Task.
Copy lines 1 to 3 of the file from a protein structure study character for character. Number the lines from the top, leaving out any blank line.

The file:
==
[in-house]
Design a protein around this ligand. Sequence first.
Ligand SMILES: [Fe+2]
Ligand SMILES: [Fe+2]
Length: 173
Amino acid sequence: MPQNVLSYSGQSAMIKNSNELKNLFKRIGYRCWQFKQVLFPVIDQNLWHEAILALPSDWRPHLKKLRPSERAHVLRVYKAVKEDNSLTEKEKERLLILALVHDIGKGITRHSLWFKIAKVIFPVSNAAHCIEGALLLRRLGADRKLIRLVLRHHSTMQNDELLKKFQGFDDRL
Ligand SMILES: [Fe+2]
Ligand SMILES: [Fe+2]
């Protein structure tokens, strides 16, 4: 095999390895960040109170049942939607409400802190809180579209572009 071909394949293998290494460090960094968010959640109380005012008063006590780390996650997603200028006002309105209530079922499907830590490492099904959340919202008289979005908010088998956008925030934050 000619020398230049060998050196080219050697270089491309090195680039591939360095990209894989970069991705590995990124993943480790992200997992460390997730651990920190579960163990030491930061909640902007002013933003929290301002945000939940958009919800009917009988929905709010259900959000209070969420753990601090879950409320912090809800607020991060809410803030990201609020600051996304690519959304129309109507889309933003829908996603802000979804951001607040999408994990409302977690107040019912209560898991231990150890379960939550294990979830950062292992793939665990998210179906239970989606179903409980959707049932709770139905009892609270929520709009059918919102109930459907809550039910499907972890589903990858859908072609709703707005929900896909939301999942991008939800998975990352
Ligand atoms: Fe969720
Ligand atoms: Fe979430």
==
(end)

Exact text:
[in-house]
Design a protein around this ligand. Sequence first.
Ligand SMILES: [Fe+2]